BHB insists Atcheson contract never included medical waste disposal
A business protesting that it never got a fair shot at bidding to dispose of Bermuda’s medical waste has insisted it had been handling biohazardous waste under its contract with the hospital.
But Bermuda Hospitals Board has stated that its contract with Atcheson Waste Services “has never included medical waste disposal”.
The company spoke out after BHB defended awarding a sole-source contract to another firm, MediWaste, saying no other company could take on the highly specialised job and that MediWaste’s prices were “favourable”.
BHB’s contract with Atcheson, from January 1, 2020 to the end of this year, describes its services as “trash collection and disposal – BHB campus locations”.
The majority of BHB’s medical waste is produced within King Edward VII Memorial Hospital.
But company head Jessica Atcheson said her business had been picking up medical waste from BHB sites outside the main hospital – and had been cut out of business once BHB contracted MediWaste in February.
The MediWaste deal sparked commotion in the East End, where MediWaste’s approval to build on Southside escaped notice from St David’s residents.
Protesters from the area also queried the uncontested contract for MediWaste.
Ms Atcheson said her company could have pitched its own proposal to BHB – and had lost out on hospital business under her company’s still-active contract.
A BHB spokeswoman said: “Atcheson continue to have a contract with BHB for the collection and disposal of non-medical trash.
“This previously included transporting the end product from the macerator to Tyne’s Bay, but this is considered general trash as it has been sterilised and shredded.
“Nothing in the existing contract has changed. They remain an active service provider to BHB to this day.”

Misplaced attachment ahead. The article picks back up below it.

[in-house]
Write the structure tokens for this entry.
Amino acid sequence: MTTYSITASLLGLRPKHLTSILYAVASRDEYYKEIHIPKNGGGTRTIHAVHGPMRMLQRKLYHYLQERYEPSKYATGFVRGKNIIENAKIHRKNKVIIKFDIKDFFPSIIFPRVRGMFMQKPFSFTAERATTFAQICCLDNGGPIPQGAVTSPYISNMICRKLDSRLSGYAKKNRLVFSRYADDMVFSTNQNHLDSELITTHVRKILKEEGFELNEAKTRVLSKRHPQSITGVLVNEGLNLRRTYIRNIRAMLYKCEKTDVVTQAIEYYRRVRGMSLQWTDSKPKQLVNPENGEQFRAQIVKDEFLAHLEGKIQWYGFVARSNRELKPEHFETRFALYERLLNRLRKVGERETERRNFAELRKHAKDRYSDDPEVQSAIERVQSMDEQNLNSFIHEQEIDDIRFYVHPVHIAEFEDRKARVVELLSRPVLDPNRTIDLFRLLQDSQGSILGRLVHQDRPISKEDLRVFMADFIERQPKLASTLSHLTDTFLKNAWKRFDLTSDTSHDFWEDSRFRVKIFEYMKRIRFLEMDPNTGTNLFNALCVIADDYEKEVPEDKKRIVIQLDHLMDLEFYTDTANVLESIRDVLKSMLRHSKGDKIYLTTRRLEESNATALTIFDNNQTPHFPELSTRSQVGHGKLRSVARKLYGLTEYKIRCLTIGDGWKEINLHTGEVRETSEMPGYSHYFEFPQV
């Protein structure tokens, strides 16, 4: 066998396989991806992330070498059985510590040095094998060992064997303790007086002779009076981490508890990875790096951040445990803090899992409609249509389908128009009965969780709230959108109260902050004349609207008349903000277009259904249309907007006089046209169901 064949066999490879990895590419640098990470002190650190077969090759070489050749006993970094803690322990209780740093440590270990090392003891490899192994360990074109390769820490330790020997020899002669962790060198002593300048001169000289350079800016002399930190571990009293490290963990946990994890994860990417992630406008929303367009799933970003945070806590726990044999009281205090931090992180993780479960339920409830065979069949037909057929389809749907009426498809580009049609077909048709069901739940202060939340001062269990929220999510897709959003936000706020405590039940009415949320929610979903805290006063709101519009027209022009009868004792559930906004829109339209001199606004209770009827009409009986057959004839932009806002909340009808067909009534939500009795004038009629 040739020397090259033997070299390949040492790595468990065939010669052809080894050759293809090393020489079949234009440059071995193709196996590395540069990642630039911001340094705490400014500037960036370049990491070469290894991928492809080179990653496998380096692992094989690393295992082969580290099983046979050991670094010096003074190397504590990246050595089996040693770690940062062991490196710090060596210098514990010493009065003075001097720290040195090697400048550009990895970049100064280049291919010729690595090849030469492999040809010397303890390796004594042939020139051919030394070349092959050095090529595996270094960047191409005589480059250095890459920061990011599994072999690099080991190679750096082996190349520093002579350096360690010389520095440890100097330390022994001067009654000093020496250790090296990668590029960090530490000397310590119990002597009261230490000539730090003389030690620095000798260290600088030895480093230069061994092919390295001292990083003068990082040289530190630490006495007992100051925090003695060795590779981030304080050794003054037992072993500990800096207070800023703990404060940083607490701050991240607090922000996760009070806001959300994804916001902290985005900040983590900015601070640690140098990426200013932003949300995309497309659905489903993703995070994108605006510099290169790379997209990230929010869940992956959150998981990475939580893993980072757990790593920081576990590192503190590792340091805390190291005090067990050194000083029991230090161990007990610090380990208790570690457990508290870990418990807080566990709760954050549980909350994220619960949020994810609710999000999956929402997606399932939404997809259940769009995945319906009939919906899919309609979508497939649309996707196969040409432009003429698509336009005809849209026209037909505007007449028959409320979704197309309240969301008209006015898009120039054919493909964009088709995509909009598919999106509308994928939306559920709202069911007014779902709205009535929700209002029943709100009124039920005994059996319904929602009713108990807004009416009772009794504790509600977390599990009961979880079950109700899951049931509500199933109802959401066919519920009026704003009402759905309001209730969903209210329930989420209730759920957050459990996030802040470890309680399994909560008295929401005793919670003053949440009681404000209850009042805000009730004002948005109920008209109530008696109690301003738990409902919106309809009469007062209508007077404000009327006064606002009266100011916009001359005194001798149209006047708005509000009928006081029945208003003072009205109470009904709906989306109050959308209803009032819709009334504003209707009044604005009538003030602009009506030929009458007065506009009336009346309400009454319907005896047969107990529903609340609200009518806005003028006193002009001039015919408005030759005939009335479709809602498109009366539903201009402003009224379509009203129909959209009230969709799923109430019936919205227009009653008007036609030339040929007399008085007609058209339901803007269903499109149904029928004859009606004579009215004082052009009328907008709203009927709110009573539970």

BHB said that Atcheson were “retained by the BHB to truck general waste, which is an entirely different business to the destruction of medical waste”.
“MediWaste were some way through their approval process for building a medical waste disposal facility at the time discussions with BHB started. There were no other providers at that time.”
Ms Atcheson maintained last week that her company had carried medical waste from facilities outside KEMH to the hospital’s basement yard to be destroyed – then took the sterilised remnants to the Tynes Bay Incinerator for final disposal.
Opponents of outsourcing the disposal to Southside have queried why BHB did not consider leasing its waste disposal units, known as macerators, which sterilise hazardous waste without producing emissions.
The hospital spokeswoman said: “As our macerators are at the end of their life, it is not an option to lease them and we would prefer not to have medical waste managed on a busy hospital site as it creates congestion and is a distraction from our core service of delivering patient care.”
She said that the machines had been retained for the first year of BHB’s contract with MediWaste as waste disposal transitioned to the new company.
It was called “a short-term risk management decision as we were transferring a service to a new private provider”.
Now BHB’s equipment, approaching ten years on the job, is “ready to be decommissioned as it is at the end of its useful life, and we do not want to manage medical waste on a busy hospital site”.
The spokeswoman added: “Since February 2022 we have paid MediWaste to dispose of our medical waste, so the macerators have not been used.
“This has reduced congestion on our site, allowed staff to focus on other duties and helped us control costs.”